MCA Artist Talk: Richard Hunt

Celebrating his 80th birthday this year, one might expect that sculpture artist Richard Hunt is beginning to slow down, but this is hardly the case.  With a growing list of current commissions, Hunt can be found at work in the same studio space he’s occupied since 1971; albeit, the piles of left-over chrome steel have multiplied since that time.

Studio

The sixty minute Artist Talk hosted by the MCA on January 29 was one of those rare occasions to listen to a living, legendary artist address questions regarding his process and sources of inspiration. The discussion co-led by Naomi Beckwith, the Marilyn and Larry Fields Curator at the MCA, and Daniel Schulman, the Director of Visual Arts at the Chicago Cultural Center, enabled Hunt to provide personal accounts regarding his sources of inspiration and creative process. Through his exposure to sculptural works by artists Julio González and Pablo Picasso, Hunt was inspired to take a jewelry/metalsmithing class at the School of the Art Institute, where he was enrolled as a student. At the time, SAIC did not have a welding/direct metal program, so Hunt set up a small studio in the basement of his parent’s home. The early signs of his success were imminent when Hunt sold one of his pieces to the Museum of Modern Art, while still a student at SAIC. Following graduation, Hunt began to exhibit at the Allen Gallery in New York City, a long distance from Texas where he was stationed in the army. Hunt recalled memories of driving his station wagon from Texas to NYC to transport his finished works. As the discussion continued, Hunt shared that his preferred metal of choice was chrome metal. When questioned on his choice for found metals, Hunt candidly responded, “Not only that it already had a life, but that it was less expensive.”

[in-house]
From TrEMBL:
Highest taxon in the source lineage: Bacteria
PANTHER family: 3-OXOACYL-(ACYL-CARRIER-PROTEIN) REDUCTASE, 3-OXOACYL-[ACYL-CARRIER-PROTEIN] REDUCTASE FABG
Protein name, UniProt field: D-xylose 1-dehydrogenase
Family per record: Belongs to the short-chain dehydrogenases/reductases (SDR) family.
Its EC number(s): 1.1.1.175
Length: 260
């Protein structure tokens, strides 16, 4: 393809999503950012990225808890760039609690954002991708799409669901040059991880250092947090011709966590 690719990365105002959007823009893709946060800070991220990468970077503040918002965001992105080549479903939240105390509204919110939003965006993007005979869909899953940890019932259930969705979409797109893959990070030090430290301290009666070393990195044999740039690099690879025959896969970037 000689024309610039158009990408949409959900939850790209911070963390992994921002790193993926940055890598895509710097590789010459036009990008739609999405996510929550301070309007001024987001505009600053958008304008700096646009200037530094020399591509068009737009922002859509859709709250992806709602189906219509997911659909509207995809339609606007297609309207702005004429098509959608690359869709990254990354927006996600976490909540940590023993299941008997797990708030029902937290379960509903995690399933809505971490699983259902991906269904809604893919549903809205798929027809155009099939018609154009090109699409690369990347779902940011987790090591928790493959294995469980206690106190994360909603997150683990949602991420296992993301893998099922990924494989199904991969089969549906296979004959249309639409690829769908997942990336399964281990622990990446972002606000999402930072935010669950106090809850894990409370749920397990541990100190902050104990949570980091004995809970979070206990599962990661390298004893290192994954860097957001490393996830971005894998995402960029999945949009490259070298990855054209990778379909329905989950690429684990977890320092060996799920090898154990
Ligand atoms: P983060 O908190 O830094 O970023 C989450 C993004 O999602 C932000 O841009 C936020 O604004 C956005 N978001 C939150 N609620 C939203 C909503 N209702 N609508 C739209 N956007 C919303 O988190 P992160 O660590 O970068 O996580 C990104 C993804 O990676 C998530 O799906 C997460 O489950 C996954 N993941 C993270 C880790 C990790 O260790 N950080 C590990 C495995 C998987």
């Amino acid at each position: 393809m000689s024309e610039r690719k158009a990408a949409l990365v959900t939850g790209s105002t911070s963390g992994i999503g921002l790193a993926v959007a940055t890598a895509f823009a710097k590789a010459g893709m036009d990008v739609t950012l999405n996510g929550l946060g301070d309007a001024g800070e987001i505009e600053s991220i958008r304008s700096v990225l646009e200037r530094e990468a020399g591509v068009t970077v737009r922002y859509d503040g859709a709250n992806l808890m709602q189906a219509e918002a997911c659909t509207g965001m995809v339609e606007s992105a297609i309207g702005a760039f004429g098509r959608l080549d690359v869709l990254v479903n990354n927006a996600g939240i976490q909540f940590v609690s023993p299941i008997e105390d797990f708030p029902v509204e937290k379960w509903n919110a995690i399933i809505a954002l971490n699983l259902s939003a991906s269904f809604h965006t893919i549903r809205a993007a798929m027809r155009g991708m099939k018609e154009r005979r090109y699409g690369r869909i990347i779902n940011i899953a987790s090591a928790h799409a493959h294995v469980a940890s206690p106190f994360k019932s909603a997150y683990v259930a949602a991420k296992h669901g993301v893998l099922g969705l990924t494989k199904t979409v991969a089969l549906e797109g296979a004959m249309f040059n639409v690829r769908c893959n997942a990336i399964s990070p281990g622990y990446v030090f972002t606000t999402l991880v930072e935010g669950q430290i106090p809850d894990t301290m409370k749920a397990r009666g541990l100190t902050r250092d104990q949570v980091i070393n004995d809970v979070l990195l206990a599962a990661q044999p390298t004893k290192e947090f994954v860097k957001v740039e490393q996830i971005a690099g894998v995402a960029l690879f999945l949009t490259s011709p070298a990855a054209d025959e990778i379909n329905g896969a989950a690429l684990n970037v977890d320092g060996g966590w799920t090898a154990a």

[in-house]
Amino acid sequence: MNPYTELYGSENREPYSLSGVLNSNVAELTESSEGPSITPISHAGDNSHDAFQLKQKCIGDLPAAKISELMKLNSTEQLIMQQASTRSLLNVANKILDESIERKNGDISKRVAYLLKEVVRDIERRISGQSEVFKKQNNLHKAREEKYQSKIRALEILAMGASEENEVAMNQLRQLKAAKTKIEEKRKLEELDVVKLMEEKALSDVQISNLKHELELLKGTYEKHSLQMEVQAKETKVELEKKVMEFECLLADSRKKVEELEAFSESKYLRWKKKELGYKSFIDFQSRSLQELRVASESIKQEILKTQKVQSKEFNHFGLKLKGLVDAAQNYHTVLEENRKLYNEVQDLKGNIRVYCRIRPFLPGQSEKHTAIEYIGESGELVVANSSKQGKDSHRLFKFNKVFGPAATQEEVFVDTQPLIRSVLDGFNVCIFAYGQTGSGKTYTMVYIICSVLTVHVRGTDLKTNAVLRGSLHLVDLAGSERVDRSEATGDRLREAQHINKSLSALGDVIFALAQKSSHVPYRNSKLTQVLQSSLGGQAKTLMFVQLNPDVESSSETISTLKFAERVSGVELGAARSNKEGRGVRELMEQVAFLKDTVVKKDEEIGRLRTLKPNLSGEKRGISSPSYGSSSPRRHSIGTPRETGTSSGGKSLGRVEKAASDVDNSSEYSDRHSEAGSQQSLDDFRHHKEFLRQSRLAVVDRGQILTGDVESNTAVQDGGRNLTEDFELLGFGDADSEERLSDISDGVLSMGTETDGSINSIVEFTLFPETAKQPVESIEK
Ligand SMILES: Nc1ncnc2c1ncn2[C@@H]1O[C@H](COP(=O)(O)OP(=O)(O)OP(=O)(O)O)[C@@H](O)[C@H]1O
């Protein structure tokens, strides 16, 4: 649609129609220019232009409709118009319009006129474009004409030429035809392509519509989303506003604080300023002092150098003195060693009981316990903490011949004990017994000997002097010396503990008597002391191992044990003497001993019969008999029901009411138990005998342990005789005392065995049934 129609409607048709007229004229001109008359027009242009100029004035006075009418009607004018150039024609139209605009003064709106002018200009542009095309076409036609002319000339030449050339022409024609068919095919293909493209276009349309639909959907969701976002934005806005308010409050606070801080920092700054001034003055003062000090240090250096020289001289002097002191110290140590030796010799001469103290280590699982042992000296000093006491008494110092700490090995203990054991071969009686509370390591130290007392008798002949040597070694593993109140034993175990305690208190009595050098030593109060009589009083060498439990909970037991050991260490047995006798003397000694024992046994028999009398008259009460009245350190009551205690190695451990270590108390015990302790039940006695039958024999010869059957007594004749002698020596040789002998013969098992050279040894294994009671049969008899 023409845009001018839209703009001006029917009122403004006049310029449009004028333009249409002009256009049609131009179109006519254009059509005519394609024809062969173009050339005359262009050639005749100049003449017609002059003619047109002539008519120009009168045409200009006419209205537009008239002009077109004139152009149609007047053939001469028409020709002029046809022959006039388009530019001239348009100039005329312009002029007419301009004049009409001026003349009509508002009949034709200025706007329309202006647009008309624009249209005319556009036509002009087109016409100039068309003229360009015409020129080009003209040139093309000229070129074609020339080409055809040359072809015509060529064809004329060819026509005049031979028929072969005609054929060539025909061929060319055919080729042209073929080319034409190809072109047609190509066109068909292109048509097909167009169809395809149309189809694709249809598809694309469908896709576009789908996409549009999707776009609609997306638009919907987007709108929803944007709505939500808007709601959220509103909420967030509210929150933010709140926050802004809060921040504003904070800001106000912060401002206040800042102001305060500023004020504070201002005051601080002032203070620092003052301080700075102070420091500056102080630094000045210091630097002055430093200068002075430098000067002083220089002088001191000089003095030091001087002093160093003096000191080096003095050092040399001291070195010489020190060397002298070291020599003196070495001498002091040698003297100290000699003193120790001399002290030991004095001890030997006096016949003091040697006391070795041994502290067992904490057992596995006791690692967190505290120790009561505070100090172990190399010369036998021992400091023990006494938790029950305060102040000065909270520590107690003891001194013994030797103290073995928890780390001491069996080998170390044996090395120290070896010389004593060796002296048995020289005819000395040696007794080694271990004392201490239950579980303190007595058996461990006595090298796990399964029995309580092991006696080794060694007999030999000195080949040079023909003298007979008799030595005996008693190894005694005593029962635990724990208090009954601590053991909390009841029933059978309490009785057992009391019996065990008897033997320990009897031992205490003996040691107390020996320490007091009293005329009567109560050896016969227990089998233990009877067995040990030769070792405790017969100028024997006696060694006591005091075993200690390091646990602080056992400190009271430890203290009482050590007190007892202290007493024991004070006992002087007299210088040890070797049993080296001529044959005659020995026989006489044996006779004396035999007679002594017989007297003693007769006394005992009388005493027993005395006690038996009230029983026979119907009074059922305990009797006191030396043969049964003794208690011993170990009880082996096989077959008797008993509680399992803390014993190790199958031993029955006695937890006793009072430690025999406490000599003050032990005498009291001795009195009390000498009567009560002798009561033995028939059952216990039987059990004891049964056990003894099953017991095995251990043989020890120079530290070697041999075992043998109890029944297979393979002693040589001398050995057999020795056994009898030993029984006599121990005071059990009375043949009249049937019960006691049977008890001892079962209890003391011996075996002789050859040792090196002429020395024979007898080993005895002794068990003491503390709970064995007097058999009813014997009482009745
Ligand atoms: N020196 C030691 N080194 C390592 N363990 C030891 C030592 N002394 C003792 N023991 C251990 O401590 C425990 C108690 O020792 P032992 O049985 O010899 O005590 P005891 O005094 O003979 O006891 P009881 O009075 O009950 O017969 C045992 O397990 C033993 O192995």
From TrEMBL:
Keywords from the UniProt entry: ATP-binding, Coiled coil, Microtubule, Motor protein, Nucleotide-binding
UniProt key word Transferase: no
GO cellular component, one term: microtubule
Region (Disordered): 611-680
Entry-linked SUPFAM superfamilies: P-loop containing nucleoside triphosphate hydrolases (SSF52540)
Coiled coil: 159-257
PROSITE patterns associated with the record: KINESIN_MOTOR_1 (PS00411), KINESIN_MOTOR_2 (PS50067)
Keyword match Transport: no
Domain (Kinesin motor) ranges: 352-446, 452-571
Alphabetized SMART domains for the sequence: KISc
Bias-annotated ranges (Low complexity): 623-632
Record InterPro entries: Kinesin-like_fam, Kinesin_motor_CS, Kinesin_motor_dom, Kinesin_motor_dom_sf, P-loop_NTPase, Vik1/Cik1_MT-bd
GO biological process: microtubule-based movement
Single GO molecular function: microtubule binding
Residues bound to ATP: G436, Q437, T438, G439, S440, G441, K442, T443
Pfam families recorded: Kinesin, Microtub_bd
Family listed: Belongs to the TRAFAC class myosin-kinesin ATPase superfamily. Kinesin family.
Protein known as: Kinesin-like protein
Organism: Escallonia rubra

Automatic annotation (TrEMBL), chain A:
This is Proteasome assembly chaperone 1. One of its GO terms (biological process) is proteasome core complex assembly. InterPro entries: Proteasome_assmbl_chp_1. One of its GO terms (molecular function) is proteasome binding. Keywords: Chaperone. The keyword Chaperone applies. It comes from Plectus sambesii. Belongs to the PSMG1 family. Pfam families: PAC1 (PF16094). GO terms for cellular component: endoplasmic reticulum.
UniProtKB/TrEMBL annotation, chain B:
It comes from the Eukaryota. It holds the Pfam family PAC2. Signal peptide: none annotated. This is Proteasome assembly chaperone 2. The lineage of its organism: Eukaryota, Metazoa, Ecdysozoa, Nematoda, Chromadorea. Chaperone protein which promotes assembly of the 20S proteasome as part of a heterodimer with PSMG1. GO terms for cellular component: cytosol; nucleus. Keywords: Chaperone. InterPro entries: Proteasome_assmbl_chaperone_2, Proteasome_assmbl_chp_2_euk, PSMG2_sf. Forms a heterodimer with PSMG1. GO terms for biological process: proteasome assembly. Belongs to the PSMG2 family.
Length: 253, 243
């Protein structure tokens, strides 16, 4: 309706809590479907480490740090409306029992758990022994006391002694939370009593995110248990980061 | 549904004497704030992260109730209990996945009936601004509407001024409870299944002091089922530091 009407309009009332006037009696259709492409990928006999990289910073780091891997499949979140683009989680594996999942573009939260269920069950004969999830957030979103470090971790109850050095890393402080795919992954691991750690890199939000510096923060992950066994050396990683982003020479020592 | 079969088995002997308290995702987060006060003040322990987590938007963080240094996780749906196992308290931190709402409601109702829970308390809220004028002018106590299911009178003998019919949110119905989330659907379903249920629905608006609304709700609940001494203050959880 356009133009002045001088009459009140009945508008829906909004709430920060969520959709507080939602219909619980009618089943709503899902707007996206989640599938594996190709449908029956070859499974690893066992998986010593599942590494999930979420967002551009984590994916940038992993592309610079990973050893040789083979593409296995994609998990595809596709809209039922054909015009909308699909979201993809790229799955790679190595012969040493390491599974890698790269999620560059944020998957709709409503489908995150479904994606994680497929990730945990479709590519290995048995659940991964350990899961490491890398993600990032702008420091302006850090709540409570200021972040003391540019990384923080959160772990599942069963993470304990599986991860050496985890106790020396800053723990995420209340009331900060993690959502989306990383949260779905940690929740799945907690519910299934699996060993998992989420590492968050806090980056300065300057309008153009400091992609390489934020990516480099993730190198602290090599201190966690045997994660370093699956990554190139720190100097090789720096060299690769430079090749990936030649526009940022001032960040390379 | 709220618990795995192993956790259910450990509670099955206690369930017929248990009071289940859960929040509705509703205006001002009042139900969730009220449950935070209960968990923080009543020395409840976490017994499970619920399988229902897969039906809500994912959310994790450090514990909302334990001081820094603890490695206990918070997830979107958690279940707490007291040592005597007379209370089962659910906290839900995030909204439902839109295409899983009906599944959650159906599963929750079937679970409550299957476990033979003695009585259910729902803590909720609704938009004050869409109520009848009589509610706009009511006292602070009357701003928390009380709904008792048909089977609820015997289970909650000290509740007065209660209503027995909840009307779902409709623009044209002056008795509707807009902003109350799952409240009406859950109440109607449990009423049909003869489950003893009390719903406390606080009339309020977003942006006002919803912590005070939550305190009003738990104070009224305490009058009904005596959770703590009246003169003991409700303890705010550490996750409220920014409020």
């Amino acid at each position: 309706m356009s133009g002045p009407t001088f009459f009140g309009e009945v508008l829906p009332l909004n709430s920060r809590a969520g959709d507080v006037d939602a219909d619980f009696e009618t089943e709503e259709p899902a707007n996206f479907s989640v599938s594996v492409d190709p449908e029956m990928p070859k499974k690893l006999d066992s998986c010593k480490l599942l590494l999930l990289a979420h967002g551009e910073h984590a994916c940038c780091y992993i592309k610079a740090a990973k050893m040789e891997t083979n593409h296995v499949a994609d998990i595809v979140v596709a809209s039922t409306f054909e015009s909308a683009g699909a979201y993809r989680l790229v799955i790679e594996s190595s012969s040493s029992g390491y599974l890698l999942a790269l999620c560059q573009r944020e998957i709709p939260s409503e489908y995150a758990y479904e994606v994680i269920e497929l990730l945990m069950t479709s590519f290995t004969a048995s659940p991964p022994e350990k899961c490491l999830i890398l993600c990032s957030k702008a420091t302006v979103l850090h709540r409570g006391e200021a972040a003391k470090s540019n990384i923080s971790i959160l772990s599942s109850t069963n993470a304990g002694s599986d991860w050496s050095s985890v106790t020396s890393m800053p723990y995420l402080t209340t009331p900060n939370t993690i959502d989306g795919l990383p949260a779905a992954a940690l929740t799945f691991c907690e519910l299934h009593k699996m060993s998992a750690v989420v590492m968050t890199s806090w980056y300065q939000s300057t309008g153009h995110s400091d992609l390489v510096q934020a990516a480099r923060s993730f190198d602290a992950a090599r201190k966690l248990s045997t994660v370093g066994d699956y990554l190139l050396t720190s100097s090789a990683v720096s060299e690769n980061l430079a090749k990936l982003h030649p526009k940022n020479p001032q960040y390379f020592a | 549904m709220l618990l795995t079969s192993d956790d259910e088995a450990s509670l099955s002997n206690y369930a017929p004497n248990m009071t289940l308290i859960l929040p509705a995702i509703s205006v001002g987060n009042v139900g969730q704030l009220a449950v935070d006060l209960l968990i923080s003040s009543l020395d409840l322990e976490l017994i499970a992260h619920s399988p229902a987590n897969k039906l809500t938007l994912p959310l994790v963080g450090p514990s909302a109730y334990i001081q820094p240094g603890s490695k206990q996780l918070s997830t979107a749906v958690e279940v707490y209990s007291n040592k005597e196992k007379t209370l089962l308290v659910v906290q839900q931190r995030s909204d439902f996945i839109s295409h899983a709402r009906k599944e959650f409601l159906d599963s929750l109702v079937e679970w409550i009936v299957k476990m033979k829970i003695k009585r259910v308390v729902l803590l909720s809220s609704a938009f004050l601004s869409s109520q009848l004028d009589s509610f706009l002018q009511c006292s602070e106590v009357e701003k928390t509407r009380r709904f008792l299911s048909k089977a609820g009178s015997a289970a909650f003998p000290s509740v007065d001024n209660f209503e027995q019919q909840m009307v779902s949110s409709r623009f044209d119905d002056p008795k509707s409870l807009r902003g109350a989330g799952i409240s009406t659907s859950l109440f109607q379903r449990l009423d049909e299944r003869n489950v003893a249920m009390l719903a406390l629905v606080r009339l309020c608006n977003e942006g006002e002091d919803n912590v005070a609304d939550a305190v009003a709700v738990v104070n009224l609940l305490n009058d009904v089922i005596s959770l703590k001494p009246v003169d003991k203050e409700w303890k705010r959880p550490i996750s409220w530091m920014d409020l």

scrapmetal

Hunt looks to the scrap metal pieces strewn about his studio for inspiration, claiming that these pieces help suggest the next thing he should make. Hunt’s direct metal approach allows him to fuse these items together, and experiment with also taking them apart. He particularly enjoys the improvisation aspect that this approach permits. Although lesser known for his works on paper, Hunt described these paper-based works as expressive gestures which allow the drawing to travel off the paper, indulging his interest in objects that take flight in the space around us. As the talk came to an end, the facilitator asked whether Hunt considers himself an abstract artist. With his response, Hunt induced a collective laugh from the members of the packed auditorium, as he stated “I would call myself an abstract artist, but some would say, in a way, that’s calling yourself nothing.”

There are currently two Hunt exhibitions running in Chicago through March 29; MCA DNA: Richard Hunt and Richard Hunt: Sixty Years of Sculpture at the Chicago Cultural Center.

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